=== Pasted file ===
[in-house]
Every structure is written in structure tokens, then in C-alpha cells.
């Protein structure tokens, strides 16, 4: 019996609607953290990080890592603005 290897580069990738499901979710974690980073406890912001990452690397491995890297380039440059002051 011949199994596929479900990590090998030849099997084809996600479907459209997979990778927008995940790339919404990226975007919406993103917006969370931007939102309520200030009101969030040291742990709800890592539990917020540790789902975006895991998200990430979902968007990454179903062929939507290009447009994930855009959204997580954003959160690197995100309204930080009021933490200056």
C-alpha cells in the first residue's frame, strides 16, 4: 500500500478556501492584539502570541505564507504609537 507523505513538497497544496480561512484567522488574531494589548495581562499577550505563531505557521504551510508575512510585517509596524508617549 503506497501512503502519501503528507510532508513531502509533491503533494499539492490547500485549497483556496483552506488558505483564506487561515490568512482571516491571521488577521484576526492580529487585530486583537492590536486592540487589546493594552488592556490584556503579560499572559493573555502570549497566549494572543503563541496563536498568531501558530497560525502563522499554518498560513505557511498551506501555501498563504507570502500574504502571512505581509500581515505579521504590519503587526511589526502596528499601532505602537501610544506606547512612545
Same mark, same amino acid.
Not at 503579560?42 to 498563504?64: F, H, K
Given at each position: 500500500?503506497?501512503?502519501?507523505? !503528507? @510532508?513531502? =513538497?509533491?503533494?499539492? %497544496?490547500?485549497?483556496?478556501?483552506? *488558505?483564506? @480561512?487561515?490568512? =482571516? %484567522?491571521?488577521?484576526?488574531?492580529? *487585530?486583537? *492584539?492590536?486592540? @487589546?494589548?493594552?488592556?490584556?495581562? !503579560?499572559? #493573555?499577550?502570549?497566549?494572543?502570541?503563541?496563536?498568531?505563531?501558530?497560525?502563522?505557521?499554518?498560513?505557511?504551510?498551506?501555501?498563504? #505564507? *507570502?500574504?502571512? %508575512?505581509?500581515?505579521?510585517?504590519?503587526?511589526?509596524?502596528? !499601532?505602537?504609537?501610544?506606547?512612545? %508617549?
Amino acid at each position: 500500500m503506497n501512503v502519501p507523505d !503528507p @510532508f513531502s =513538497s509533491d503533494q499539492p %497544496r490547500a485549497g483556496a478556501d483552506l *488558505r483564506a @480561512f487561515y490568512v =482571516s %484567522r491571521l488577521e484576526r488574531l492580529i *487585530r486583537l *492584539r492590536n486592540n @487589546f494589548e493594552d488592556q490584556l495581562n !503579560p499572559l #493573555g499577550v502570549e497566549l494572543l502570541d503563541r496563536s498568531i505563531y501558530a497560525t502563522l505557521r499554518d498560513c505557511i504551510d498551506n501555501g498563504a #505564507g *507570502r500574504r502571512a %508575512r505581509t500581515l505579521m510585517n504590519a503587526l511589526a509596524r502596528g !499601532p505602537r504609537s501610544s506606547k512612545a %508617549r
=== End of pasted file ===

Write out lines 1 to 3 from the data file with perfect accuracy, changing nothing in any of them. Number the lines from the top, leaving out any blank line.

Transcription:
[in-house]
Every structure is written in structure tokens, then in C-alpha cells.
């Protein structure tokens, strides 16, 4: 019996609607953290990080890592603005 290897580069990738499901979710974690980073406890912001990452690397491995890297380039440059002051 011949199994596929479900990590090998030849099997084809996600479907459209997979990778927008995940790339919404990226975007919406993103917006969370931007939102309520200030009101969030040291742990709800890592539990917020540790789902975006895991998200990430979902968007990454179903062929939507290009447009994930855009959204997580954003959160690197995100309204930080009021933490200056």